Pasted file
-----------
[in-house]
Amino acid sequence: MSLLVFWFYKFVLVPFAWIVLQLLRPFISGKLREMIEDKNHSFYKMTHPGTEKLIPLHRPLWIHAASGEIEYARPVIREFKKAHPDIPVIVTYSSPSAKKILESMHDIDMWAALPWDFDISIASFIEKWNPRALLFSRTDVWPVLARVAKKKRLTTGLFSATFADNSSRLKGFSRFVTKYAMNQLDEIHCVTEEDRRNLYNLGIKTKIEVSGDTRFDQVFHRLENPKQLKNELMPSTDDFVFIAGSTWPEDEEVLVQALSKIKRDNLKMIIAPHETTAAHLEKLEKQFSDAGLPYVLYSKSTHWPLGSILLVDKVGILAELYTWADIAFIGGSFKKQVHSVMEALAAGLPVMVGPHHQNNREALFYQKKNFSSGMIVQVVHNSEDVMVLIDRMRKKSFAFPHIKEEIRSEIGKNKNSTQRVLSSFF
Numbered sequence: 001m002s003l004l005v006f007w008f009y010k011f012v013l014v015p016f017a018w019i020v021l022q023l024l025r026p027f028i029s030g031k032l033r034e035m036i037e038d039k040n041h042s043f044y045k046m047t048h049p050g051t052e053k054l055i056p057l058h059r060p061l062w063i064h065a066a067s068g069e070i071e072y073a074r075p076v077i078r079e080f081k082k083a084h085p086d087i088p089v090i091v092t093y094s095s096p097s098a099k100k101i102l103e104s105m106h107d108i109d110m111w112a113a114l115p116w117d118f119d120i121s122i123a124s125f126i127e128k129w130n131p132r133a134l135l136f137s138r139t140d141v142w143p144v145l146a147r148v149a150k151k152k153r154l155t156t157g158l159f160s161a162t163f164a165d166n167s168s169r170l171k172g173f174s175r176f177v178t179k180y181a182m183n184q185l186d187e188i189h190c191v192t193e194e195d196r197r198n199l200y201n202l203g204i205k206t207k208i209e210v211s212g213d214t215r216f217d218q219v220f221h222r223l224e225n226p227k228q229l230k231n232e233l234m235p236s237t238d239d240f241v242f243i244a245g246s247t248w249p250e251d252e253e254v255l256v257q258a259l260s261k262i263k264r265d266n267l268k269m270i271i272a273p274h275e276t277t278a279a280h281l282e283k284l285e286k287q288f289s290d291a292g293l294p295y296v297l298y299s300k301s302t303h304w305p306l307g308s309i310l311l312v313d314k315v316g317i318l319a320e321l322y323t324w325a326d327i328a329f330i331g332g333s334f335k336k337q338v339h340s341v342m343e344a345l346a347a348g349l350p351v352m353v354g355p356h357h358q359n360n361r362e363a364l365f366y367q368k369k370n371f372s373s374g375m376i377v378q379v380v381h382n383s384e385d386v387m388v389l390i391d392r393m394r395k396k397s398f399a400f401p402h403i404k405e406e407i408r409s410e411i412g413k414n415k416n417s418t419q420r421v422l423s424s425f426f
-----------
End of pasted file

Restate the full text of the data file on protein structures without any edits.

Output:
[in-house]
Amino acid sequence: MSLLVFWFYKFVLVPFAWIVLQLLRPFISGKLREMIEDKNHSFYKMTHPGTEKLIPLHRPLWIHAASGEIEYARPVIREFKKAHPDIPVIVTYSSPSAKKILESMHDIDMWAALPWDFDISIASFIEKWNPRALLFSRTDVWPVLARVAKKKRLTTGLFSATFADNSSRLKGFSRFVTKYAMNQLDEIHCVTEEDRRNLYNLGIKTKIEVSGDTRFDQVFHRLENPKQLKNELMPSTDDFVFIAGSTWPEDEEVLVQALSKIKRDNLKMIIAPHETTAAHLEKLEKQFSDAGLPYVLYSKSTHWPLGSILLVDKVGILAELYTWADIAFIGGSFKKQVHSVMEALAAGLPVMVGPHHQNNREALFYQKKNFSSGMIVQVVHNSEDVMVLIDRMRKKSFAFPHIKEEIRSEIGKNKNSTQRVLSSFF
Numbered sequence: 001m002s003l004l005v006f007w008f009y010k011f012v013l014v015p016f017a018w019i020v021l022q023l024l025r026p027f028i029s030g031k032l033r034e035m036i037e038d039k040n041h042s043f044y045k046m047t048h049p050g051t052e053k054l055i056p057l058h059r060p061l062w063i064h065a066a067s068g069e070i071e072y073a074r075p076v077i078r079e080f081k082k083a084h085p086d087i088p089v090i091v092t093y094s095s096p097s098a099k100k101i102l103e104s105m106h107d108i109d110m111w112a113a114l115p116w117d118f119d120i121s122i123a124s125f126i127e128k129w130n131p132r133a134l135l136f137s138r139t140d141v142w143p144v145l146a147r148v149a150k151k152k153r154l155t156t157g158l159f160s161a162t163f164a165d166n167s168s169r170l171k172g173f174s175r176f177v178t179k180y181a182m183n184q185l186d187e188i189h190c191v192t193e194e195d196r197r198n199l200y201n202l203g204i205k206t207k208i209e210v211s212g213d214t215r216f217d218q219v220f221h222r223l224e225n226p227k228q229l230k231n232e233l234m235p236s237t238d239d240f241v242f243i244a245g246s247t248w249p250e251d252e253e254v255l256v257q258a259l260s261k262i263k264r265d266n267l268k269m270i271i272a273p274h275e276t277t278a279a280h281l282e283k284l285e286k287q288f289s290d291a292g293l294p295y296v297l298y299s300k301s302t303h304w305p306l307g308s309i310l311l312v313d314k315v316g317i318l319a320e321l322y323t324w325a326d327i328a329f330i331g332g333s334f335k336k337q338v339h340s341v342m343e344a345l346a347a348g349l350p351v352m353v354g355p356h357h358q359n360n361r362e363a364l365f366y367q368k369k370n371f372s373s374g375m376i377v378q379v380v381h382n383s384e385d386v387m388v389l390i391d392r393m394r395k396k397s398f399a400f401p402h403i404k405e406e407i408r409s410e411i412g413k414n415k416n417s418t419q420r421v422l423s424s425f426f